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Summer Fun

With the arrival of spring, many bay area families are beginning to take advantage of the warm weather and abundance of outdoor activities and events. In addition, many families are starting to look ahead to the summer months — making plans to keep their children engaged and learning during the weeks away from school.

Family vacations, summer camps and sports leagues may be some of the kid friendly options under consideration. But for families who have a child with autism, finding the right activities to fill the summer months can be particularly challenging.

Autism is a complex developmental disability that typically appears in the first three years of life and affects a person’s ability to effectively communicate and socially interact with others. It is the fastest-growing developmental disability in the country, affecting nearly 1.5 million Americans, according to the Autism Society of America. Today, one in 88 children is born with an Autism Spectrum Disorder (ASD).

For many children with an ASD, interacting socially with other children in a school or community environment can be challenging, not only for the child but for instructors, coaches and peers who may not understand autism or its behavioral manifestations. At times, what might be considered a routine or simple activity can become overwhelming for a child with autism. And changes to their regular routine — like when school lets out for the summer — can be particularly disruptive.

Thankfully, there is an excellent local resource providing Applied Behavior Analysis (ABA) therapy services to help children with an ASD and their families during the summer.

ABA is widely recognized as an effective, evidence-based treatment for autism. It is a teaching technique that involves breaking down a desired behavior into smaller, teachable parts and providing a child with positive reinforcement when she engages in the desired, appropriate behavior. ABA helps foster basic skills such as looking, listening and imitating as well as complex skills such as reading, conversing and understanding another person’s perspective. It also helps reduce behaviors that make it difficult for students to learn.

Summer Camps and Family Fun

Fortunately, there are some wonderful summer camps available for children who have autism, including:

  • YMCA Camp COAST in Clearwater offers a day camp experience for children with autism, providing a comfortable, safe, fun and nurturing environment.
  • The Warriors of Autism Horse Camp in Tampa offers week-long camps (with full- or partial-day programs) that provide a hands-on opportunity for children with autism to learn about horsemanship and animal husbandry.
  • The Right Track Summer Camp, part of the Tampa Day School, provides a fun, confidence-building summer camp for children with various special needs, including autism, ADHD, cognitive disabilities, developmental disabilities, learning disabilities and Tourette’s syndrome.

In addition, with Autism Awareness Month happening in April, families may be interested in attending the Walk Now for Autism Speaks event April 26 at the Raymond James Stadium. This annual event helps fund autism research and raise awareness about the increasing prevalence of autism and the need for additional research funding to combat this complex disorder. It’s a great opportunity for individuals and families who have been affected by autism to enjoy a fun-filled day of activities while supporting autism research. Besides the walk itself, the event offers bounce houses, face painting, food trucks, and a resource fair of more than 40 providers of services to families.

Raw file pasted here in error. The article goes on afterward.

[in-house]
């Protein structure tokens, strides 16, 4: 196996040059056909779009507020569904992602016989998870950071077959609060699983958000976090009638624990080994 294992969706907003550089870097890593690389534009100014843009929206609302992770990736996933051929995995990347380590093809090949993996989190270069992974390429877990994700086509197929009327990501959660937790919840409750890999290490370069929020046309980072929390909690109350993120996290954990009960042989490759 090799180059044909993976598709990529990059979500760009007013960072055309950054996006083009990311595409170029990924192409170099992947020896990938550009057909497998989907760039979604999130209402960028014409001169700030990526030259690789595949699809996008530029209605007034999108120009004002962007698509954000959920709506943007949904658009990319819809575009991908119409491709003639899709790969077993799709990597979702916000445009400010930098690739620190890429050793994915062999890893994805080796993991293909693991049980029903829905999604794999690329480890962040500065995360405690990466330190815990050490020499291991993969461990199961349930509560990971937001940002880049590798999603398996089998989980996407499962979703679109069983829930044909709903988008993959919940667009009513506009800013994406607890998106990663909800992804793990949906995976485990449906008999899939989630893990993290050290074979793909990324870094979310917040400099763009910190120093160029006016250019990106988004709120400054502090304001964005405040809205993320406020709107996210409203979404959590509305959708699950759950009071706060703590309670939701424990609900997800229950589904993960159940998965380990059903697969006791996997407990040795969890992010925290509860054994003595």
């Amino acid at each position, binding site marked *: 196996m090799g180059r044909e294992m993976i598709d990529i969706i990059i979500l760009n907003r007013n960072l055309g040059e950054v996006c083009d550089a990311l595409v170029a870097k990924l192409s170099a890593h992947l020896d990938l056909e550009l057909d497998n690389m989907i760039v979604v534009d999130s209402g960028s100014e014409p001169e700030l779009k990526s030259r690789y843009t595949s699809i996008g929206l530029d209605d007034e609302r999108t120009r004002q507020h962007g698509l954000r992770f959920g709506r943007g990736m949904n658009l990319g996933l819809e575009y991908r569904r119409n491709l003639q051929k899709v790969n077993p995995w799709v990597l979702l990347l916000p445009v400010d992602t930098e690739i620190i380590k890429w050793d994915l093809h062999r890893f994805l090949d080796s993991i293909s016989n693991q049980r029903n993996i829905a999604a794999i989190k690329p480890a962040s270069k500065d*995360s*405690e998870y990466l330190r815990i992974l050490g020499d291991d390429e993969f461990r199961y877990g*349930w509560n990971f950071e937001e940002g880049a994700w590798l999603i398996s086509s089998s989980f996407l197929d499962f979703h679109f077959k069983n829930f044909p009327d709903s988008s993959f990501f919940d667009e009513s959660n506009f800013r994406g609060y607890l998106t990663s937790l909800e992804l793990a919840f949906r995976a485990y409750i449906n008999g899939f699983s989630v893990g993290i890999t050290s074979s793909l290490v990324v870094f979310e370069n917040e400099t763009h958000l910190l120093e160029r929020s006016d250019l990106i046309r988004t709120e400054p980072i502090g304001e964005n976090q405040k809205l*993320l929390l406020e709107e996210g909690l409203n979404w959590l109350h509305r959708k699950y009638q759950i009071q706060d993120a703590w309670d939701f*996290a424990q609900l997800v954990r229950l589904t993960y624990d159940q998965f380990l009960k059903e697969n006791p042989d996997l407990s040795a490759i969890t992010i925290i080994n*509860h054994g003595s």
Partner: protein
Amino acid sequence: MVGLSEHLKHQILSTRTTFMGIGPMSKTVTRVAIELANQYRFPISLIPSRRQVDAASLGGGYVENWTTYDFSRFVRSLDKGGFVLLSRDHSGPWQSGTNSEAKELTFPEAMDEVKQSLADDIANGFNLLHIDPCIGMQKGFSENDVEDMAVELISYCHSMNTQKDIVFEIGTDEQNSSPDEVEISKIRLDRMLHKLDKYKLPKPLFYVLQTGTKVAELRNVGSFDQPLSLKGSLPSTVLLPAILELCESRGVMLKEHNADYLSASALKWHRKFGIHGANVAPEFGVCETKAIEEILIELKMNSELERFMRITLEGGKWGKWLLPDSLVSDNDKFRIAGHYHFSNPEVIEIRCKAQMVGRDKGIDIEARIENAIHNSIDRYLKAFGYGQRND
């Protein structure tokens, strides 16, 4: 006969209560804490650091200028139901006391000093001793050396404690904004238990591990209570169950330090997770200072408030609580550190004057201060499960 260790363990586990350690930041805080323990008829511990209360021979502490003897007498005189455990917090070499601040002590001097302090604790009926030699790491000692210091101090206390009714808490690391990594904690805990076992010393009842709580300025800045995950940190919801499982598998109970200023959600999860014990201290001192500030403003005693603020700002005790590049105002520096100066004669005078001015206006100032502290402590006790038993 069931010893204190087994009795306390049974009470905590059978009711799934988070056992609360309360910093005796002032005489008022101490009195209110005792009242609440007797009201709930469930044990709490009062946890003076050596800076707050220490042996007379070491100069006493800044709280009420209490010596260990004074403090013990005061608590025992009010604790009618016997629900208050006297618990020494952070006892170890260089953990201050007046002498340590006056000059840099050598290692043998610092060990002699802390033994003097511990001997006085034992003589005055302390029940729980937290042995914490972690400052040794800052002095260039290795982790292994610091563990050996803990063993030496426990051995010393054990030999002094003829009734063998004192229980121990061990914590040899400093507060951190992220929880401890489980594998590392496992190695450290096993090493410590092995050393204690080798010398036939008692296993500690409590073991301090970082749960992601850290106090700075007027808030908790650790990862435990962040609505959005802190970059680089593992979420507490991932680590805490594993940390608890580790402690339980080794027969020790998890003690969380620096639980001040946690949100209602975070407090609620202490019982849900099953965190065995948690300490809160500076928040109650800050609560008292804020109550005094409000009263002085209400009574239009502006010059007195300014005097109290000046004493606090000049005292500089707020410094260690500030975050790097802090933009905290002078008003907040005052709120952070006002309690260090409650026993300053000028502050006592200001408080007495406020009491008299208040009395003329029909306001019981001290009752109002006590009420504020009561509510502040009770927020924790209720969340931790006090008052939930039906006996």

More than 8,000 families and friends showed up to last year’s walk to help celebrate and raise autism awareness in Tampa. To register for the walk or make a donation, visit autismspeaks.org/Tampa.

 

Helpful Family Tips

Families planning to attend any of the above camps or events — or just take an afternoon trip to one of our city’s wonderful museums — may find it helpful to spend a little time preparing a child with ASD for the experience they are about to have. Talk about the event ahead of time, explaining what the child will do and see. Show pictures or tell a story so the child knows what to expect.

It’s also helpful to arrive early, before an event becomes overly crowded. Then keep an eye on the child’s mood. It’s always better to leave when everyone is happy and having fun, so the entire family will want to come back again, than to wait until tired or cranky moods set in.

Also, when evaluating a summer camp or day camp program, inquire about the experience level of the instructor and the ratio of students to instructors. Depending on the setting, it may be beneficial to ask whether the child’s ABA therapist can “shadow” the child and serve as an extra set of hands if needed.

Summer is on the way! Hopefully, armed with this information, Tampa-area families who have a child with autism or a related disorder will have no trouble filling the summer calendar with fun and enriching activities.

Julie Reyes is the director of the Early Autism Project Tampa Bay Clinic, volunteer chairman of the Walk Now for Autism Speaks and the mother of a child with an Autism Spectrum Disorder. To learn more about EAP’s programs in Tampa, visit www.EAPTampa.com or contact Julie at jreyes@earlyautismproject.com or 813-362-2144.

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